“Wildlife management is largely people management.” – Chris DePerno, an North Carolina State University biologist (WSJ)

The prior quote came from a story about cities, like Asheville, NC, increasingly having to deal with bears who like to dig through trash cans for food and scare the bejesus out of people. There is a lesson there in all of this for everyone in the financial advice business.

“Financial advice is largely people management.”

Management not in a do this/don’t do that kind of way, but in a let’s figure something out sort of way.That is not a particularly novel insight.

Vanguard made a big splash by trying to quantify the value that advisors bring to the table for their clients. There has been some backlash against the idea of ‘behavioral coaching‘ because it can be viewed as being paternalistic. That is however short-sighted.

The whole reason we need real financial advisors is because we ARE human beings and all that comes with it. Brendan Mullooly writing at Your Brain on Stocks:

But I want to dispel an implicit myth about behavioral coaching: it is not predicated upon its recipient being crazy, stupid, or reckless. Nor is it predicated upon its purveyor being a genius, stoic, or super-human. It is predicated upon both parties being human. 

This is all the more important because the original value proposition for advisors, investment management, has largely been solved. Not in a Jim Simons/Renaissance Technology sort of way. But in a, we know the major elements involved way. Barry Ritholtz at the Big Picture writes:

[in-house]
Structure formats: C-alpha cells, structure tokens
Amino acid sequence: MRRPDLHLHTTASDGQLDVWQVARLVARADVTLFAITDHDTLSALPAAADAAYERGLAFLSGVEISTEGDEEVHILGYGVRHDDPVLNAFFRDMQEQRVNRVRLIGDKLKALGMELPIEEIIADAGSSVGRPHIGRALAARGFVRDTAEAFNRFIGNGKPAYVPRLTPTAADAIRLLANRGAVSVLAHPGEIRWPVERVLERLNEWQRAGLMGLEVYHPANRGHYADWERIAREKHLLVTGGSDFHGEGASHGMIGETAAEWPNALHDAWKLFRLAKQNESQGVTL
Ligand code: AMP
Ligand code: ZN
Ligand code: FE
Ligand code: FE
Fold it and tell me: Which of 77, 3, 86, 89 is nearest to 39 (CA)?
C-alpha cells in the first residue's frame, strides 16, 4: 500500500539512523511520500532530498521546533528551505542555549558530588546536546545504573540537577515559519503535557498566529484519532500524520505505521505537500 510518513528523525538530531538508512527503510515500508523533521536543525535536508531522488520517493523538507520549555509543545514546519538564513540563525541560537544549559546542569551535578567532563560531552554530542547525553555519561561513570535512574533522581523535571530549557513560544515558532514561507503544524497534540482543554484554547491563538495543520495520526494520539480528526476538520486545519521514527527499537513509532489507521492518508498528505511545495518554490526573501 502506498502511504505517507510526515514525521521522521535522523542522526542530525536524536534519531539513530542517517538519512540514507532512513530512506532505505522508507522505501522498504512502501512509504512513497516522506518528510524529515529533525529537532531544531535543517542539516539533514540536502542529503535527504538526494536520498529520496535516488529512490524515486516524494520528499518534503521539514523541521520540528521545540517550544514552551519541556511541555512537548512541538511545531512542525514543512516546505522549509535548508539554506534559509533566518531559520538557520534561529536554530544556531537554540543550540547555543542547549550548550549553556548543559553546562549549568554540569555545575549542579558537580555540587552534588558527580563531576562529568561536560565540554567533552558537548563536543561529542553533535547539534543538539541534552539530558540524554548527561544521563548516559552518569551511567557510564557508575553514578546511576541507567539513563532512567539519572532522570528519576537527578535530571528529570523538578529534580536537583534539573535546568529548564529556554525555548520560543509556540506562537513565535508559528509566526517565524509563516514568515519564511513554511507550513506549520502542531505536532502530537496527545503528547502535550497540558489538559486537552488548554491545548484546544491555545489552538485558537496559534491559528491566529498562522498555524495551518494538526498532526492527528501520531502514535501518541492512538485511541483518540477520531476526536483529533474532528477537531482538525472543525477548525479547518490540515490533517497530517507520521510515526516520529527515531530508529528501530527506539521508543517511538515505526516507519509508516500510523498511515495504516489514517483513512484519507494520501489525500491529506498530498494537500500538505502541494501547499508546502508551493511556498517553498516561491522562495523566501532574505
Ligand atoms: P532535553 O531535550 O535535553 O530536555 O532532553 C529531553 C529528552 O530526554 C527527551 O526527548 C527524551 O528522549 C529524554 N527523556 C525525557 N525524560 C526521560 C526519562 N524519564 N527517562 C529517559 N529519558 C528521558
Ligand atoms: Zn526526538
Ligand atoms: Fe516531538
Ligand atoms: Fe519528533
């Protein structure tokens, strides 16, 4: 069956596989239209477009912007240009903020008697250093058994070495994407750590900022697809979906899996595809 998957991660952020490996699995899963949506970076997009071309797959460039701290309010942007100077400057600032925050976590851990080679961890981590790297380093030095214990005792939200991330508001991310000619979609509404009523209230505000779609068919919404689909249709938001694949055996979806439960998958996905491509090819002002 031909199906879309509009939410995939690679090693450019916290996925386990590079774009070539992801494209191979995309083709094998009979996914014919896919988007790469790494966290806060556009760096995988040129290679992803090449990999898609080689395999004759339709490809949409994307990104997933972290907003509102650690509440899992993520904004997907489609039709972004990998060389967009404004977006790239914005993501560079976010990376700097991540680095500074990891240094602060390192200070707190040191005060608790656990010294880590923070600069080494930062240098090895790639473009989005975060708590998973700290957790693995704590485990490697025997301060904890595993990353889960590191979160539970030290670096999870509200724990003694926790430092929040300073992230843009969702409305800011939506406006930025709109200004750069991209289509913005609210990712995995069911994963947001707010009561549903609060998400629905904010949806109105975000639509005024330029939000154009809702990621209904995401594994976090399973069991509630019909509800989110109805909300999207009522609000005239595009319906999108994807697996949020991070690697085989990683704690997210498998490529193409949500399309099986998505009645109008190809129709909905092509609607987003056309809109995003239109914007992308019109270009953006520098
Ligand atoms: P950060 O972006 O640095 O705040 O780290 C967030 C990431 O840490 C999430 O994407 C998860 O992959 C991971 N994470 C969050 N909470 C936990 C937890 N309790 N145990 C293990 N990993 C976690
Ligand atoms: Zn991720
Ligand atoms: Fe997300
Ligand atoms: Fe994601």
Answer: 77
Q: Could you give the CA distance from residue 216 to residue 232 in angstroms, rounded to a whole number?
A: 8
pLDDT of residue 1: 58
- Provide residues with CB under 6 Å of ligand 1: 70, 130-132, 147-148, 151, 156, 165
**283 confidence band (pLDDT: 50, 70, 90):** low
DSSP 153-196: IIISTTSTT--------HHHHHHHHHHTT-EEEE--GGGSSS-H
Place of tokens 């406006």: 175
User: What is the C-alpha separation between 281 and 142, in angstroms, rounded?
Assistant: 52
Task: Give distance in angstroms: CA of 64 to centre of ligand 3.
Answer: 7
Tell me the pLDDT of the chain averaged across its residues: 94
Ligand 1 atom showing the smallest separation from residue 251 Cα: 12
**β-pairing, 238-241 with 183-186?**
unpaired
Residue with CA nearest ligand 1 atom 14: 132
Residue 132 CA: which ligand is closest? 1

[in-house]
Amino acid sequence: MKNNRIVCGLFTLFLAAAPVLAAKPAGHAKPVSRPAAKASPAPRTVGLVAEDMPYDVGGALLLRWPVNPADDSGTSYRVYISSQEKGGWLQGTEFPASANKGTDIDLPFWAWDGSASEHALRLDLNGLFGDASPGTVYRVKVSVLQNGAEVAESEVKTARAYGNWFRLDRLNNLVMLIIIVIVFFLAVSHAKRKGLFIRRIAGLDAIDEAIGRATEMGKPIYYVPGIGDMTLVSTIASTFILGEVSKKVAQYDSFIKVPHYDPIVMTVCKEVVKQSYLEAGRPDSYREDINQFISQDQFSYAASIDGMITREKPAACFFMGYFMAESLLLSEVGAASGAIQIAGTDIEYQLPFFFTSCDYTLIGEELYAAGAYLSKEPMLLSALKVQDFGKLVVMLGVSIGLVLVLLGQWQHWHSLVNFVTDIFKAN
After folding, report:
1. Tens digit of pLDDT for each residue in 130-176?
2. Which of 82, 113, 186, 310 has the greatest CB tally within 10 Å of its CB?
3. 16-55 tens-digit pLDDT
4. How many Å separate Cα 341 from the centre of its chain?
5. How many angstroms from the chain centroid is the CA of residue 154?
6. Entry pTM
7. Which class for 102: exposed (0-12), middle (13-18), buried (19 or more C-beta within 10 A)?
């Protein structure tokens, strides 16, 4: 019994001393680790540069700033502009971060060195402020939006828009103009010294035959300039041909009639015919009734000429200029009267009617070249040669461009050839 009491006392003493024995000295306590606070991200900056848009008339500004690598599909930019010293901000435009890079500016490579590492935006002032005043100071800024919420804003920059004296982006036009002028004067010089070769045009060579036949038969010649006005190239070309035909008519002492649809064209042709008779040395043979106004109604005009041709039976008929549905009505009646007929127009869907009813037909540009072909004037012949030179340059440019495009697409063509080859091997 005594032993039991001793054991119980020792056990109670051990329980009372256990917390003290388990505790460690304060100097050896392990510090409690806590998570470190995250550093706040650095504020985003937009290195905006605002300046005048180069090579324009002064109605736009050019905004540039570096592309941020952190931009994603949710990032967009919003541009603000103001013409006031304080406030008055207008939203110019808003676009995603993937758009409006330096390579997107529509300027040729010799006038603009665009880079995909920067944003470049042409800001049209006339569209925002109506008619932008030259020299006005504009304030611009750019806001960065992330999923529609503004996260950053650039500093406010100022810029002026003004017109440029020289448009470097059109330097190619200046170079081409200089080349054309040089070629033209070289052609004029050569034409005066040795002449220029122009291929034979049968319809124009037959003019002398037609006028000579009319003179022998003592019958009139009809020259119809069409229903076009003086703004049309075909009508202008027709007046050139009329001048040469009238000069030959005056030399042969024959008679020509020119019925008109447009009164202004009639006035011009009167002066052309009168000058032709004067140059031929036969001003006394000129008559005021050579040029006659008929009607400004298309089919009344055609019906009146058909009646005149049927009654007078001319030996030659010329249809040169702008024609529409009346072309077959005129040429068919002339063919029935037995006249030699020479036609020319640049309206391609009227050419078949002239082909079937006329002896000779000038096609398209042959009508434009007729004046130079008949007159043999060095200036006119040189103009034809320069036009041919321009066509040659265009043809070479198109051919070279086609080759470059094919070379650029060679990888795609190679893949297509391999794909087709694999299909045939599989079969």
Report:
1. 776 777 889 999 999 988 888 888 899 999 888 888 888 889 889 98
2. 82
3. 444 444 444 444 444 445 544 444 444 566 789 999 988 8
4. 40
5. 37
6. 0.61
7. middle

“Investing,” as Dave Nadig of ETF.com likes to say, “is a problem that has been solved.” Keep it simple, watch your costs, be diversified, invest for the long run, let the magic of compounding work for you. For most portfolios, statistically speaking, it is a high probability solution.

That is not say there is not plenty that a financial advisor can do for a client above and beyond that of portfolio management. Andrew Miller on Twitter notes the many ways in which our (financial) lives are filled with crucial, non-reversible decisions. A financial advisor can be a vital resource at these times.

And some more:

There is clearly a financial/legal/tax component to all these decisions. And some tech wizard will find a way to help automate some of the calculations involved. However nearly all the items on this list involve personal, human trade-offs:

  1. When can/should I retire?
  2. Should I sell my business?
  3. What is the best way to make sure my family is taken care of?

Human stuff. Stuff that can’t be automated. Stuff that often only makes sense after a conversation with another living, breathing human being.

Should we automate as much of this as we can? Absolutely. The more options we can give to consumers at no/low cost should be celebrated. But let’s not kid ourselves. Bears are going to keep looking for food in places that are inconvenient to us. And we humans are going to still need help navigating the crucial, non-reversible decisions in life.

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